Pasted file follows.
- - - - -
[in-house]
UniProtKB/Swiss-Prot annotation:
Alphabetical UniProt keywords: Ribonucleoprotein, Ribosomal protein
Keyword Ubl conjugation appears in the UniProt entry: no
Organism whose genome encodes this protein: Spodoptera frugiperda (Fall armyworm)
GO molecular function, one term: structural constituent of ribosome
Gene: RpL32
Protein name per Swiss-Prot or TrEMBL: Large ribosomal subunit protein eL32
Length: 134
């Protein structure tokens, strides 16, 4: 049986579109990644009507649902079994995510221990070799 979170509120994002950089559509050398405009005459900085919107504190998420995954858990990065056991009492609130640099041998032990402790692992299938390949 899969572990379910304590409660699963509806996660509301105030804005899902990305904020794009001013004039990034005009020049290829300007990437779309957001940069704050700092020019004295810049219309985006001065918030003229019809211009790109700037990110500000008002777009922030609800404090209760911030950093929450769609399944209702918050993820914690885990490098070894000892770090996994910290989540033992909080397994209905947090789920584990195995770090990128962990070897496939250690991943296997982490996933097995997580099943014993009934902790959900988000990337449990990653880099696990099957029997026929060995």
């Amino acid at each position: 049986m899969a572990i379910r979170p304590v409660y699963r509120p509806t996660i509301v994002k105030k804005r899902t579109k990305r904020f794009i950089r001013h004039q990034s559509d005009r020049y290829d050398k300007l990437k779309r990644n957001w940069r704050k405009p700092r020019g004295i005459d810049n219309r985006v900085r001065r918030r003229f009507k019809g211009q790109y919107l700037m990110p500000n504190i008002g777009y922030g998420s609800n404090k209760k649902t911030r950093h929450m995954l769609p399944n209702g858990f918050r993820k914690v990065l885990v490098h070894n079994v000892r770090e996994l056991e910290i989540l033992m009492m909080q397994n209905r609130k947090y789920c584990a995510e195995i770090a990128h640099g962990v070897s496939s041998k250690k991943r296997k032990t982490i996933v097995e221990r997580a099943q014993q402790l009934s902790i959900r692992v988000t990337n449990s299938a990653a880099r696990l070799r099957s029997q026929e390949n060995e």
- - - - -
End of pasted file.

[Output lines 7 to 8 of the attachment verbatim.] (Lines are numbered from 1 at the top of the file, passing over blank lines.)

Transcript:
Gene: RpL32
Protein name per Swiss-Prot or TrEMBL: Large ribosomal subunit protein eL32